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‘Dad bod’ or six-pack abs? The answer is still obvious, but women are too woke to admit it

Gentlemen, if you’ve gained weight and lost muscle mass during lockdown, don’t panic – you’re not alone.  

Better still, you could be considered more attractive by the opposite sex. 

No kidding. 

According to a survey by, 75% of single women said they preferred dudes with doughy physiques compared to those with ripped bodies.

The poll, conducted with 2,000 singletons, found that only 15% of women sought a gym-honed boyfriend, which – on the surface – sounds mighty generous in an age of narcissism and self-entitlement.

“Fit and in-shape bodies are seen as ideal when it comes to attracting a partner, however [our] users proved that isn’t always the case when it comes to real-life romances,” said Maria Sullivan, vice president of

“Movies and TV shows tend to promote ‘Barbie and Ken’ body types, giving people the idea they need to look similar in order to find their match. We are happy to confirm that is not how the real world really operates.”

Unsurprisingly, this has been hailed as progress for the body positivity movement. But, before you cancel that gym membership in celebration, I urge you to read on – not least because I have major misgivings about the aforementioned findings…

Firstly, the term ‘dad bod’ bears no resemblance to what we think it does, so we’re not even operating on shared semantic meaning.

It first originated in the mid-2010s to describe the likes of Leonardo DiCaprio and Seth Rogen whenever they were photographed looking pot-bellied on the beach. Since then, it has morphed into something unrecognisable. Something all-encompassing and representative of even the slightest flaw.

Only last year, Hollywood hunk Zac Efron was said to be in possession of a dad bod – even though he’s one of the fittest, most handsome men in the industry. Personally, I’d sacrifice my first-born to look like him. So, if he’s the benchmark for a dad bod, then we’re all f***ed.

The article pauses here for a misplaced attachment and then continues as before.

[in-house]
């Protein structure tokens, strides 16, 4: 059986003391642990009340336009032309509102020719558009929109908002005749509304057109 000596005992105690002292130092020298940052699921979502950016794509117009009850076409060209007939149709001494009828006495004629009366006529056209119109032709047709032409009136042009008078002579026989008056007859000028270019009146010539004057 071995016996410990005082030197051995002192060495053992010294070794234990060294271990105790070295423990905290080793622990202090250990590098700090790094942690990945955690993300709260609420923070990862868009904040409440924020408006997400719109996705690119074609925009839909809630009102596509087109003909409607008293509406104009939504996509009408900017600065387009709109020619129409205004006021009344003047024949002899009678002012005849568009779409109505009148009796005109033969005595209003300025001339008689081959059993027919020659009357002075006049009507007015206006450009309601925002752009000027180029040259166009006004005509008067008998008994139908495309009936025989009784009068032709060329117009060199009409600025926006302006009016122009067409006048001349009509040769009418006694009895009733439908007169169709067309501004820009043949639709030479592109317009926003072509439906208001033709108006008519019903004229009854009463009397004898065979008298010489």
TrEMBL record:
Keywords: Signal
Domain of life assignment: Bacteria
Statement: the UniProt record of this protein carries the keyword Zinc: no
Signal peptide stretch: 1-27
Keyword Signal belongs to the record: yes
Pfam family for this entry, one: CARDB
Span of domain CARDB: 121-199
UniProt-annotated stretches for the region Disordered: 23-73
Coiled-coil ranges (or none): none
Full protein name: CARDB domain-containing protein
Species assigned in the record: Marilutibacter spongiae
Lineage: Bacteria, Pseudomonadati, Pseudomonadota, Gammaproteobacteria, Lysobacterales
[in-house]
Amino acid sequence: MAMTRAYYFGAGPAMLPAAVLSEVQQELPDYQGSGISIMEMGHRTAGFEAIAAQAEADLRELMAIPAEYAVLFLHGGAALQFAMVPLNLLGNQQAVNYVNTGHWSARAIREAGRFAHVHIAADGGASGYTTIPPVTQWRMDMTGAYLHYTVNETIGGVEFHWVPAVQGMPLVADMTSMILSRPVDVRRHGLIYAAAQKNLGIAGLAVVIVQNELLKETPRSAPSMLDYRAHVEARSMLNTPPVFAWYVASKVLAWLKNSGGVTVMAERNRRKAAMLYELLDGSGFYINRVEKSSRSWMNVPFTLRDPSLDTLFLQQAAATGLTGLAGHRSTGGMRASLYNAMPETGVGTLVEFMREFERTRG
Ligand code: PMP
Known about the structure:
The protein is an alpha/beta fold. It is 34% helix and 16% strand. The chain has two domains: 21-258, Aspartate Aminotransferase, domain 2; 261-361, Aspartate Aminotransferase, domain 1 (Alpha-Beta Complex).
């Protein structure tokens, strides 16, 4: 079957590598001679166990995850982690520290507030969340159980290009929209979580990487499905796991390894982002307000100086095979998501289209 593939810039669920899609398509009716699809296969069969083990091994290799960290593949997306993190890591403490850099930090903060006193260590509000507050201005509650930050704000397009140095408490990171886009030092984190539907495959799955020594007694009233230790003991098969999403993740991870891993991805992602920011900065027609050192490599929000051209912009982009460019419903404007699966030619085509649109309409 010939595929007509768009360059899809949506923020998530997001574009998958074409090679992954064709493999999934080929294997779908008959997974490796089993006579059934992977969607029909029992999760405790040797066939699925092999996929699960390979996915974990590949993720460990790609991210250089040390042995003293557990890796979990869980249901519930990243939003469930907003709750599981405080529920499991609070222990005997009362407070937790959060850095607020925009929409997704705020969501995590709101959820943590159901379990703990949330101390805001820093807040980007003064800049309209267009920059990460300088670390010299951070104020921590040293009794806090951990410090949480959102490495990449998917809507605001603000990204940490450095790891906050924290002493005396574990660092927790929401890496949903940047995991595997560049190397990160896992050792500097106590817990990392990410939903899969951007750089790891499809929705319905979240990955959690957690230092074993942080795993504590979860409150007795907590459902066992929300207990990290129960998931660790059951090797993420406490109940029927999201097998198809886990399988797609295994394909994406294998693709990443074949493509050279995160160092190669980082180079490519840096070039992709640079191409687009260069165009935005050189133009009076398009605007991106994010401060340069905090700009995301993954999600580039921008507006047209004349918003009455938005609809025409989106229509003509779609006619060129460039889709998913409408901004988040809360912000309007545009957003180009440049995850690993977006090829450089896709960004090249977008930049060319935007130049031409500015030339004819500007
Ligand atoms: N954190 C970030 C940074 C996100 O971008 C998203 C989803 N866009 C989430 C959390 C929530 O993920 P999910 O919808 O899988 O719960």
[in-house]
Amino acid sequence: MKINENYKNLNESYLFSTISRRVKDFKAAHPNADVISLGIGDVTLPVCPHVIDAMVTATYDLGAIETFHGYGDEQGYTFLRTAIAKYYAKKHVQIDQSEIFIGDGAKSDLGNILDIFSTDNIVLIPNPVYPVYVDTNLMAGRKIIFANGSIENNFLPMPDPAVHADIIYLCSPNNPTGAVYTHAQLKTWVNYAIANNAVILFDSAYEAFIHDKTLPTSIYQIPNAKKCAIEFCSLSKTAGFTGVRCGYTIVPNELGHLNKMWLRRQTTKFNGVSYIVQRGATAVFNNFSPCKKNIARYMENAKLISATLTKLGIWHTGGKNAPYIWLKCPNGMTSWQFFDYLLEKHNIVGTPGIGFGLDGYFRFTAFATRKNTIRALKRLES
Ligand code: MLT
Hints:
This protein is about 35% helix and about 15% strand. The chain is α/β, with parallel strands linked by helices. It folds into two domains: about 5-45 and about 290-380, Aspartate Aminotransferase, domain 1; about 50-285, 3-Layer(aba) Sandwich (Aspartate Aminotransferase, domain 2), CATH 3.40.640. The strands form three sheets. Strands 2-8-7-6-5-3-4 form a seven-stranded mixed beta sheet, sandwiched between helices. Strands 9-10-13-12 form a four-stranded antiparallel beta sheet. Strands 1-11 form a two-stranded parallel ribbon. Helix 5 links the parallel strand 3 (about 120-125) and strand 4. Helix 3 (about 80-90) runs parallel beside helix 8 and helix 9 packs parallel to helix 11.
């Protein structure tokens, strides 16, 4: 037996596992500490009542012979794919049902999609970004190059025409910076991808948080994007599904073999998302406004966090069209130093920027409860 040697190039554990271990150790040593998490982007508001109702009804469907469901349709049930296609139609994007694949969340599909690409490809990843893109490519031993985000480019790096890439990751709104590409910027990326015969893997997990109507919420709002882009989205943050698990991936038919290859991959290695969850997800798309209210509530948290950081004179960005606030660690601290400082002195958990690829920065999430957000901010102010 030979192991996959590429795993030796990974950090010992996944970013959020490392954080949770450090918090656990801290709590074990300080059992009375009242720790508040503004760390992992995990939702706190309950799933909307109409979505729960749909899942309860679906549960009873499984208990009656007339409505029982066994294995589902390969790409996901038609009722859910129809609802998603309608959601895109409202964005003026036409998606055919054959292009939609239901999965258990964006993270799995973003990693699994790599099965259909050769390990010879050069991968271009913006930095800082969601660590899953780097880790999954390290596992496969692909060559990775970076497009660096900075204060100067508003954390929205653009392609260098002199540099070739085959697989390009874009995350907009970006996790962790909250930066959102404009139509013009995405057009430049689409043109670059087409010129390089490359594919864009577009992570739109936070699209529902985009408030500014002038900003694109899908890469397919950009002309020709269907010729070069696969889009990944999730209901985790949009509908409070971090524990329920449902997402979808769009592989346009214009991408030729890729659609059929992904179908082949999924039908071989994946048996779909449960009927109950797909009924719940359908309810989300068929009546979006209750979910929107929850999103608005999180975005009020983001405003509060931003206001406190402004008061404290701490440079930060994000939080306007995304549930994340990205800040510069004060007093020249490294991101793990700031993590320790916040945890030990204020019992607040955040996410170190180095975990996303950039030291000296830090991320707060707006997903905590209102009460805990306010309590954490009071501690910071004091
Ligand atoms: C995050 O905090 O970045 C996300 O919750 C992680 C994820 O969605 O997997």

Secondly, and perhaps most importantly, the data in question smacks of response bias. This is the trend of research participants responding in ways they think they should, rather than how they are truly inclined. 

In other words, they give polite answers that are deemed socially acceptable. And, given the climate we exist in, I totally understand this. Think about it: the totalitarian nature of cancel culture has meant that people are self-censoring on everything from politics to pop music.

This is particularly true of sex and relationships, which – for many – is probably the biggest ‘woke’ minefield of all. 

As people dip their toes into the dating pool they’re told they must find all other races and ages equally sexy, even if they’re not a person’s particular type, otherwise risk being denounced as racist and ageist.

Things have got so ludicrous that straight men who refuse to sleep with gay men may be deemed homophobic, while – as the Advocate recently implied – lesbians who won’t date trans women may be flirting with fascism. 

Ergo, it’s no surprise that singletons are particularly scared of saying anything that may be misconstrued as bigoted. Even by the inner voice in their own head. And, ultimately, that’s the sad thing about wokeness: it forces people to discard truth for what’s politically expedient.  

We only need to look at the free market to see how women truly feel about the male ideal. After all, if they genuinely lusted after partners with dad bods, then why would films such as ‘Magic Mike’ and ‘Fifty Shades of Grey’ perform so well at the box office?

Why do male strippers never look like British Prime Minister Boris Johnson? And why do the ‘most-swiped’ on dating apps such as Tinder and Bumble repeatedly fit the same physical criteria – as opposed to short, bald men with a paunch?

The answer is hard-wired: human attraction is an evolutionary process that taught us to equate physicality with virility and survival. 

This isn’t good or bad. It’s just reality. 

And, while the truth may sometimes be ugly, the alternative is much less attractive.

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The statements, views and opinions expressed in this column are solely those of the author and do not necessarily represent those of RT.

© 2021, paradox. All rights reserved.

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